Mindfulness based stress reduction (MBSR) is an approach which is increasingly being used on people with long-term conditions. MBSR was first conceptualized and used by Jon Kabat-Zinn [8] and was developed as a complementary intervention in a hospital setting to serve as a referral service to physicians and other health care providers for patients with chronic pain or multiple chronic conditions who were not responding sufficiently to standard treatments [9]. MBSR and related approaches have also been associated with improvements for a range of conditions [10]. Reviews have demonstrated improvements in symptoms amongst people with cancer [11, 12] pain [13, 14] cardiovascular disease [15], stroke [16] and multiple sclerosis [17]. Improvements have included mental health outcomes, such as depression, stress and anxiety, as well as overall quality of life. Despite the potential benefits MBSR might have, no previous review has been undertaken to determine the effects of MBSR for the treatment of those with PD. Therefore, this systematic review aimed to determine the effectiveness of MBSR for patients suffering from PD.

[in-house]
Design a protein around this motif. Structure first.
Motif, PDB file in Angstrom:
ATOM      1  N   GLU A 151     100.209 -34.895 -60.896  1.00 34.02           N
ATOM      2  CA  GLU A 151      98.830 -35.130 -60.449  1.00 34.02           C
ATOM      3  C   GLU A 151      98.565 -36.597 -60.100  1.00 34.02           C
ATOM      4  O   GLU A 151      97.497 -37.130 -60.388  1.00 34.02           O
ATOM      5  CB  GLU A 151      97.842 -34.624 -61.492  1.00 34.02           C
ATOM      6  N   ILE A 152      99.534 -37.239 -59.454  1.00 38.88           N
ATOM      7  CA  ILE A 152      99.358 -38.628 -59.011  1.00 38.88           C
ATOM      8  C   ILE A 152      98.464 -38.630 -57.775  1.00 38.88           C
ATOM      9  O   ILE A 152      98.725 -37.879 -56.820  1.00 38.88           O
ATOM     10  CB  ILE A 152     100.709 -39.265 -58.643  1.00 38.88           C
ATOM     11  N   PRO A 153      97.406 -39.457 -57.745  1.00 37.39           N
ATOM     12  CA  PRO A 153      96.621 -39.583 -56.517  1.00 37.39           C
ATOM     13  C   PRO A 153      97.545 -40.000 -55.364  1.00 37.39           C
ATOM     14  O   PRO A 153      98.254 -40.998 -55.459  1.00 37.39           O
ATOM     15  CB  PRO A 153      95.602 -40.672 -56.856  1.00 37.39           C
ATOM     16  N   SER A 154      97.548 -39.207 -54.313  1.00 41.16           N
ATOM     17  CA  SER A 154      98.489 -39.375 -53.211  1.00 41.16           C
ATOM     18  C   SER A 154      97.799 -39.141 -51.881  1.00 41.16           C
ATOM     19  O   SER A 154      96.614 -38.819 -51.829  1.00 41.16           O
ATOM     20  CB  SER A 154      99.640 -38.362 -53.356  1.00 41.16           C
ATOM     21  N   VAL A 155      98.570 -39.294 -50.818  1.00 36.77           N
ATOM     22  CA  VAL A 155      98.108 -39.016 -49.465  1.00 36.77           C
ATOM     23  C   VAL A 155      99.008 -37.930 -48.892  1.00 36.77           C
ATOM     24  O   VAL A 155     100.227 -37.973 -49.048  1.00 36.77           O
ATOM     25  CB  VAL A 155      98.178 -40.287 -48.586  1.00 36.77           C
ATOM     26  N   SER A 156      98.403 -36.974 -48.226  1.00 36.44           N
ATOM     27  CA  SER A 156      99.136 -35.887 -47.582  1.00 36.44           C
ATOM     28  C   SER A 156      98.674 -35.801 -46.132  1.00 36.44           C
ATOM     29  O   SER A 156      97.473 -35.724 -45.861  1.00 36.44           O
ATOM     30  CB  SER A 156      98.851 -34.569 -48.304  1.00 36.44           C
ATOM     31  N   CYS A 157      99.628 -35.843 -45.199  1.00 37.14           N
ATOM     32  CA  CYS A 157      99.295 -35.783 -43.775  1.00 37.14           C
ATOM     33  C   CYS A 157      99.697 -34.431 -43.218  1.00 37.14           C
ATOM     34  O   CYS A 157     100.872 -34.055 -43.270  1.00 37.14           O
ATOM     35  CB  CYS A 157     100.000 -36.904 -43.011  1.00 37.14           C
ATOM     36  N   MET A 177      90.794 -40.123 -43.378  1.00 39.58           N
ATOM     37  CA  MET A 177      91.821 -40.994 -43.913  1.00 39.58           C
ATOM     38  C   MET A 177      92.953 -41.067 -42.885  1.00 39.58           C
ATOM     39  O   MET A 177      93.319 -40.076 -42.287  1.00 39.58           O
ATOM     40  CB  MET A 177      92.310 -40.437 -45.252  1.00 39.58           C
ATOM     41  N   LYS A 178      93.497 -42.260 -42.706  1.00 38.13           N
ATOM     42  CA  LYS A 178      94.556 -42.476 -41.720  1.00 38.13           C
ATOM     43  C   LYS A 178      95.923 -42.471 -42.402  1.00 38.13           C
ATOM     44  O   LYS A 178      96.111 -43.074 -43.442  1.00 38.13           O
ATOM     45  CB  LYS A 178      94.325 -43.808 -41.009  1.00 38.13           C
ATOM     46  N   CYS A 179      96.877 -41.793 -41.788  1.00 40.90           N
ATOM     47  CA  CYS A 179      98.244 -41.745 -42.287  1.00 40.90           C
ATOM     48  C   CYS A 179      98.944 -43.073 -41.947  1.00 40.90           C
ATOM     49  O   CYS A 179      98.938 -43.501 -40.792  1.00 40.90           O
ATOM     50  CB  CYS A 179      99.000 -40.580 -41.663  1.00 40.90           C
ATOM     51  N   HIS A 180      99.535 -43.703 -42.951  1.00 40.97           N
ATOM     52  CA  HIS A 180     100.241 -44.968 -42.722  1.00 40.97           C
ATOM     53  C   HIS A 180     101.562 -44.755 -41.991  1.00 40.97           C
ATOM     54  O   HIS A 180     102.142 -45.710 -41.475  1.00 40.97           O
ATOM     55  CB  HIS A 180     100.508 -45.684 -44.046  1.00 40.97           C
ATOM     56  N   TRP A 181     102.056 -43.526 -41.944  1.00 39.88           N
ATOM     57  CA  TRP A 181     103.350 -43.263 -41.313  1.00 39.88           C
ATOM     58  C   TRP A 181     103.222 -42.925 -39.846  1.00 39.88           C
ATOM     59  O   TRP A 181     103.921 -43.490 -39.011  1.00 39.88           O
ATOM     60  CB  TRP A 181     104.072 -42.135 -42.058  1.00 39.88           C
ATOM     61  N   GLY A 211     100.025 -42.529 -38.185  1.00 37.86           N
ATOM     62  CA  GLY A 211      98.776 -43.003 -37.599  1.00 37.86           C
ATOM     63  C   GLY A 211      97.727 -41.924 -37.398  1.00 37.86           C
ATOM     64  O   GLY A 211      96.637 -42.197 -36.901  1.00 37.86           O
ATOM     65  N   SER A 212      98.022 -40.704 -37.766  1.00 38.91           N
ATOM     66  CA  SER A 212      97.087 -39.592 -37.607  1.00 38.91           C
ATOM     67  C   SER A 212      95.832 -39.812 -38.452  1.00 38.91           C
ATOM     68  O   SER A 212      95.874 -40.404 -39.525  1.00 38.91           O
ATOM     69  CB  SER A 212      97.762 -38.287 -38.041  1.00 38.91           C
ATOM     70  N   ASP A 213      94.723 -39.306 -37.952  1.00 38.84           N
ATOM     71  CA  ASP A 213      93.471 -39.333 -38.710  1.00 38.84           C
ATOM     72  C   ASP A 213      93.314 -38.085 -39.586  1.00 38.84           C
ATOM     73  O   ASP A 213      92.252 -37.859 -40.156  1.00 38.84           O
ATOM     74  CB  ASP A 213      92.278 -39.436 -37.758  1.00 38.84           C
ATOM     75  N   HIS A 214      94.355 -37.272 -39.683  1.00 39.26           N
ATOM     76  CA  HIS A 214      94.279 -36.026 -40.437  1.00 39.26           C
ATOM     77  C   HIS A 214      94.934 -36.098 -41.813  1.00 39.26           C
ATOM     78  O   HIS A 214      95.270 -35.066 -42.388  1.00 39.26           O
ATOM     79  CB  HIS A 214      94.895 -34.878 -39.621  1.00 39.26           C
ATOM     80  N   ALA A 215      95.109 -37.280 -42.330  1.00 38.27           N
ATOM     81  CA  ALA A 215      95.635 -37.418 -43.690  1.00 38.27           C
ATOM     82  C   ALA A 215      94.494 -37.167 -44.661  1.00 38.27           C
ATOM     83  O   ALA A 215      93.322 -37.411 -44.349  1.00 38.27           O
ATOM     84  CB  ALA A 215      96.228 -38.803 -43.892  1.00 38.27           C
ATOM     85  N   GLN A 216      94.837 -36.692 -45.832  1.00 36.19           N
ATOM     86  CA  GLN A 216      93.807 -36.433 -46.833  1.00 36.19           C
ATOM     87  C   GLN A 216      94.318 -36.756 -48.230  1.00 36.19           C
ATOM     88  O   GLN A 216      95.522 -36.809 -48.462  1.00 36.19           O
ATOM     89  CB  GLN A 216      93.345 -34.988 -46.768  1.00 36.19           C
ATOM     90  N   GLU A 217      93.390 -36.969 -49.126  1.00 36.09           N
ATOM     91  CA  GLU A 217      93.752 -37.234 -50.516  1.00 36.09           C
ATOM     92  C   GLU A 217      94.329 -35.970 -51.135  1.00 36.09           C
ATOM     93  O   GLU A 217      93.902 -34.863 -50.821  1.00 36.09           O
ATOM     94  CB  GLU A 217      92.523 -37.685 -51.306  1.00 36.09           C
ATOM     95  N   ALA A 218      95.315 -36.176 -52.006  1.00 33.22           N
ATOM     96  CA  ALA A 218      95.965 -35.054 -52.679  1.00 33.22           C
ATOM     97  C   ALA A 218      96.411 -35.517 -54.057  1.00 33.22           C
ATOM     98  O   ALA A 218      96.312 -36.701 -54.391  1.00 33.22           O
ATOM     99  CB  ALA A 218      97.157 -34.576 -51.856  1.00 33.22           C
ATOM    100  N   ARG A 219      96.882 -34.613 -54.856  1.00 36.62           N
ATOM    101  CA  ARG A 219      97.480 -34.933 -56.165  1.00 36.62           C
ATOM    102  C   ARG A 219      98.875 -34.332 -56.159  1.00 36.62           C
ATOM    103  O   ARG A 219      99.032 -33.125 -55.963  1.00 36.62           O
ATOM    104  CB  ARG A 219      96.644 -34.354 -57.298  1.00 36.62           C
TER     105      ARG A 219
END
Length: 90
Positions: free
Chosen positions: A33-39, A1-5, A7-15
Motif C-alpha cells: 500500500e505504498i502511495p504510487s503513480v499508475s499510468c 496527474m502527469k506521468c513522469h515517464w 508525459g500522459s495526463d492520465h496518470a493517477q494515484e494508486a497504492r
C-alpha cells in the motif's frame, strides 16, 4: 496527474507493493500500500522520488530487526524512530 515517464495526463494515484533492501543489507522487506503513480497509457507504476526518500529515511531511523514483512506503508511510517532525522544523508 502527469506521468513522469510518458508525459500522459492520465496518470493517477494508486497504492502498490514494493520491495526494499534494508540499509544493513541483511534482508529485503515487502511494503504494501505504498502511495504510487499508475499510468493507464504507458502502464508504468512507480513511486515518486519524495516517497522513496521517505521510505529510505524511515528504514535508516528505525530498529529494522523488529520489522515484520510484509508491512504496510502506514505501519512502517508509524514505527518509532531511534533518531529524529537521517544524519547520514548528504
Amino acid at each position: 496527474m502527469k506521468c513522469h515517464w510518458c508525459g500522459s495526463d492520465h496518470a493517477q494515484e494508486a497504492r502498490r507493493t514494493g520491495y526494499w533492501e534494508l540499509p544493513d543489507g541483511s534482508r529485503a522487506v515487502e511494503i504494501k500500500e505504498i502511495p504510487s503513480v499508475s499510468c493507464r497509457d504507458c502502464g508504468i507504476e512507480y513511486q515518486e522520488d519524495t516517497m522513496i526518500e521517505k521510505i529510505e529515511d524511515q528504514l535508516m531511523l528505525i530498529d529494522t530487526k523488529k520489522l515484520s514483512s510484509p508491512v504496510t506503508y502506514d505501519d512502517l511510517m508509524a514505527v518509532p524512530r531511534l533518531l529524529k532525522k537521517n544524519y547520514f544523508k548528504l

Methods

A registered protocol (PROSPERO 2016: CRD42016035304) guided the conduct of this review [18], which is reported in adherence to the Preferred Reporting Items for Systematic Reviews and Meta-analyses (PRISMA) Statement [19].

Eligibility criteria